My bike (Canyon Pathlite 5) has an "FC-M5100-1, DEORE" crankset and a "Shimano Deore M5100 11s 11-51" cassette. Instead of the 32 teeth on the front chainring, I'd like to change to 38 teeth (maybe elliptical) (of course with an appropriate longer chain).

Are there any hidden compatibility issues, or is any chainring with the following specifications suitable?

  • 96 mm BCD
  • 4-arm asymmetrical
  • 1x11 Shimano


3 Answers 3


There is no difference between a Shimano 11-speed 1x chainring and a 10-speed one. There is a slightly difference in the OUTER ring(s) of a 2x or 3x chainset, because 11-speed chains are slightly narrower and this affects shifting from smaller to larger. However single speed rings are completely identical between 10 & 11 speed, so you don't need to worry about 1x '11' per se.

A 1x drivetrain is quite simple upfront with much less to go wrong in terms of poor shifting performance etc. Normally you'd have to worry about derailleur capacity etc. but with only one chainring that's not an issue.

The only considerations might be:

  • material - some materials will be lighter, which is not a major concern at this size, others might be more durable e.g. hardened steel
  • narrow/wide - this is a good idea for chain retention on 1x drivetrains
  • BCD & bolt pattern - you have noted this already
  • price - if you buy something very expensive you could end up spending more than a new chainset, where your current one is a simple one with solid arms, whereas more expensive models have hollow (lighter, possibly stiffer) arms. So you don't probably want something too complicated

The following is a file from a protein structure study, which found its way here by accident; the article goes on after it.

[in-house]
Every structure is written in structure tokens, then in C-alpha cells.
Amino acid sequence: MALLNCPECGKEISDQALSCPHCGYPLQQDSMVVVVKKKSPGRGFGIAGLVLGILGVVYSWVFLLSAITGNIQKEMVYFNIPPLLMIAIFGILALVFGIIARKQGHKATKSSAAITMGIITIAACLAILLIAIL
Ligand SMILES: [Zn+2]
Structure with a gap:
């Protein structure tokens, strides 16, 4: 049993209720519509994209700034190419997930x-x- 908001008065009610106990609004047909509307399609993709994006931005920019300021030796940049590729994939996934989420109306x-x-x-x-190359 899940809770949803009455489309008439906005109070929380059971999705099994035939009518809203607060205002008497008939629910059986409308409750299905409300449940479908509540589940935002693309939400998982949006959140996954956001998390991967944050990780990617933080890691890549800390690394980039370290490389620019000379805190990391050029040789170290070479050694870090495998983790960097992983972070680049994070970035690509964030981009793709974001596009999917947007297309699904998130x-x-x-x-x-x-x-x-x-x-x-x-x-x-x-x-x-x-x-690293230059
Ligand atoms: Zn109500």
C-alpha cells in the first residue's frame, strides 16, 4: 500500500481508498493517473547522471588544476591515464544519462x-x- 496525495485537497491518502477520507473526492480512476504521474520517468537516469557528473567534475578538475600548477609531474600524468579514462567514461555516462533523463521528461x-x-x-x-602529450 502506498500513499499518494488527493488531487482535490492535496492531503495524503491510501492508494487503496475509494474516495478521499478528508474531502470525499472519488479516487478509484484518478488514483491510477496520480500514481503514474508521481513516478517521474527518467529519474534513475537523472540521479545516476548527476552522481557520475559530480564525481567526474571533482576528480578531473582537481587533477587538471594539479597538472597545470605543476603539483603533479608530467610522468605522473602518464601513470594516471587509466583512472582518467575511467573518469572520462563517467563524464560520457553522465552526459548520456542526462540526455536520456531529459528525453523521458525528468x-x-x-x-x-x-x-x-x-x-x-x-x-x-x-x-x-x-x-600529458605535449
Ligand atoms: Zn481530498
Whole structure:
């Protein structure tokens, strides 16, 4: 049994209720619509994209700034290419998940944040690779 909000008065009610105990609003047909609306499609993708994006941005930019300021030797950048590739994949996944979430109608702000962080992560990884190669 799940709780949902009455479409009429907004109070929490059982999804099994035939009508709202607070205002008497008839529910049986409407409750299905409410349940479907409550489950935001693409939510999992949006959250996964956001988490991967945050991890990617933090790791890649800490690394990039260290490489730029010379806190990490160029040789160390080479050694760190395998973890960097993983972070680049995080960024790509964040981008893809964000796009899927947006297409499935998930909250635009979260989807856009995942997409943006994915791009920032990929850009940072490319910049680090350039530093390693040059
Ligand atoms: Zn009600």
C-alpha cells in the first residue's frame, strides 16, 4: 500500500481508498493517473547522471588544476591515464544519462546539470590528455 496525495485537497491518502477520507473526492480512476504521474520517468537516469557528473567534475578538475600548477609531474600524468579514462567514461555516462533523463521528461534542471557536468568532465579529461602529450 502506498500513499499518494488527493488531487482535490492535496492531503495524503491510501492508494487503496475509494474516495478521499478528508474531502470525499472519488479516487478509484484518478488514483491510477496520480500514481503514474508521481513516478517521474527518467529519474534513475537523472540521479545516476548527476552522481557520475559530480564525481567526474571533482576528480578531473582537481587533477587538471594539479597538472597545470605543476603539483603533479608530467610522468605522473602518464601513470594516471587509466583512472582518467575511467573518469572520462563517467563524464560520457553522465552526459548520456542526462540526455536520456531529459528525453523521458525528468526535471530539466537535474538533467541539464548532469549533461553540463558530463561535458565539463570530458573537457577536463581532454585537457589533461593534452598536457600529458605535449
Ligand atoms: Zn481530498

To answer my own question from practical experience:

I now have mounted a "Garbaruk Melon Narrow-Wide Chainring for Shimano FC-M6-/M7-/M8000 - Oval - 4-Arm - 96mm asymmetrical".

It works fine but did not fit out-of-the-box. The chainring has indentations for the spider to go in, but the 4 arms on the crankset do not all have the same width, as you can see here. So I had to either increase the width of the indentation on the chainring or decrease the width of the spider arm. Since I only had a somewhat big metal file on hand, I opted for honing down the arm. It now looks like this.

Side effect: Due to the general shape of the new chainring (indentation), my front chainline is now 2 mm more lateral compared to before (with the old "flat" chainring). It's now centered over the 9th sprocket of the 11-cassette (was between 8th and 9th before). It still might be ok, since statistically, I use the outer/smaller sprockets a lot more on my usual terrain. Also, I can't use spacers to move the chainring more medial again, because it's already quite close to the frame/chainstay. (But it does not grind it even when the frame is deforming during sprints.)


As others have said, there should be no problem in terms of compatibility with the rest of the drivetrain.

The replacement ring should give the same chain line as the existing crank, but a ring made for the specific crank should do this.

The compatibility issue you may run into is chainstay clearance. Obviously the chainstays flare outwards towards the hub, and s bigger ring may interfere with the drive side stay. You need a certain minimum clearance to allow for frame flex during hard pedaling.

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